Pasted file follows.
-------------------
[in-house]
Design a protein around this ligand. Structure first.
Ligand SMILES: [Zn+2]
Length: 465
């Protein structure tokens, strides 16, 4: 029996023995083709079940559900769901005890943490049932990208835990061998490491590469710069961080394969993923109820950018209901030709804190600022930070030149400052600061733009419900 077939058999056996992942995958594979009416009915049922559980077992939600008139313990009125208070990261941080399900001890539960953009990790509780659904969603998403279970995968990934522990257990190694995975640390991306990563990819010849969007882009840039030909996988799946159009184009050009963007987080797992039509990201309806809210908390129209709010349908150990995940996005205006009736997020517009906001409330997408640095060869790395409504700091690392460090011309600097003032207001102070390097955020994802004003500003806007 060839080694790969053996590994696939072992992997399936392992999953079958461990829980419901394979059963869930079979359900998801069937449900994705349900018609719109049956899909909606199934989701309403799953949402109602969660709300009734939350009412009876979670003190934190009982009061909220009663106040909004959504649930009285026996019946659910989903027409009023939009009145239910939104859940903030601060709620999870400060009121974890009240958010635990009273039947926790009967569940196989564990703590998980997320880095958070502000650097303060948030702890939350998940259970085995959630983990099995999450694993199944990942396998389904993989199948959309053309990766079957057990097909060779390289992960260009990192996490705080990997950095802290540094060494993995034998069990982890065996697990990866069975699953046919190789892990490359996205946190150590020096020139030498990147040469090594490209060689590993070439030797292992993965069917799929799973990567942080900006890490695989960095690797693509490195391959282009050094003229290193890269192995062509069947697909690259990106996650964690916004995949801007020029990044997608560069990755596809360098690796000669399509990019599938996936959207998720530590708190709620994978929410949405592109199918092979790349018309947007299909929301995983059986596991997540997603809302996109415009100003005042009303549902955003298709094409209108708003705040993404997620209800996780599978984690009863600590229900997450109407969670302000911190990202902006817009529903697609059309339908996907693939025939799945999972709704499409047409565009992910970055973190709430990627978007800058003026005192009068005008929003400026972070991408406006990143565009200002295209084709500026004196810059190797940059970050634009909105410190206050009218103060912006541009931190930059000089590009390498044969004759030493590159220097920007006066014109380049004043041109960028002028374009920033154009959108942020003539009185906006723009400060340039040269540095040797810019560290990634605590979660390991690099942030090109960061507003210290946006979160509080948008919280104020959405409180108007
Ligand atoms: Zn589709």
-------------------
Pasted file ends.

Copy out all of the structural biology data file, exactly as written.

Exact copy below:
[in-house]
Design a protein around this ligand. Structure first.
Ligand SMILES: [Zn+2]
Length: 465
């Protein structure tokens, strides 16, 4: 029996023995083709079940559900769901005890943490049932990208835990061998490491590469710069961080394969993923109820950018209901030709804190600022930070030149400052600061733009419900 077939058999056996992942995958594979009416009915049922559980077992939600008139313990009125208070990261941080399900001890539960953009990790509780659904969603998403279970995968990934522990257990190694995975640390991306990563990819010849969007882009840039030909996988799946159009184009050009963007987080797992039509990201309806809210908390129209709010349908150990995940996005205006009736997020517009906001409330997408640095060869790395409504700091690392460090011309600097003032207001102070390097955020994802004003500003806007 060839080694790969053996590994696939072992992997399936392992999953079958461990829980419901394979059963869930079979359900998801069937449900994705349900018609719109049956899909909606199934989701309403799953949402109602969660709300009734939350009412009876979670003190934190009982009061909220009663106040909004959504649930009285026996019946659910989903027409009023939009009145239910939104859940903030601060709620999870400060009121974890009240958010635990009273039947926790009967569940196989564990703590998980997320880095958070502000650097303060948030702890939350998940259970085995959630983990099995999450694993199944990942396998389904993989199948959309053309990766079957057990097909060779390289992960260009990192996490705080990997950095802290540094060494993995034998069990982890065996697990990866069975699953046919190789892990490359996205946190150590020096020139030498990147040469090594490209060689590993070439030797292992993965069917799929799973990567942080900006890490695989960095690797693509490195391959282009050094003229290193890269192995062509069947697909690259990106996650964690916004995949801007020029990044997608560069990755596809360098690796000669399509990019599938996936959207998720530590708190709620994978929410949405592109199918092979790349018309947007299909929301995983059986596991997540997603809302996109415009100003005042009303549902955003298709094409209108708003705040993404997620209800996780599978984690009863600590229900997450109407969670302000911190990202902006817009529903697609059309339908996907693939025939799945999972709704499409047409565009992910970055973190709430990627978007800058003026005192009068005008929003400026972070991408406006990143565009200002295209084709500026004196810059190797940059970050634009909105410190206050009218103060912006541009931190930059000089590009390498044969004759030493590159220097920007006066014109380049004043041109960028002028374009920033154009959108942020003539009185906006723009400060340039040269540095040797810019560290990634605590979660390991690099942030090109960061507003210290946006979160509080948008919280104020959405409180108007
Ligand atoms: Zn589709």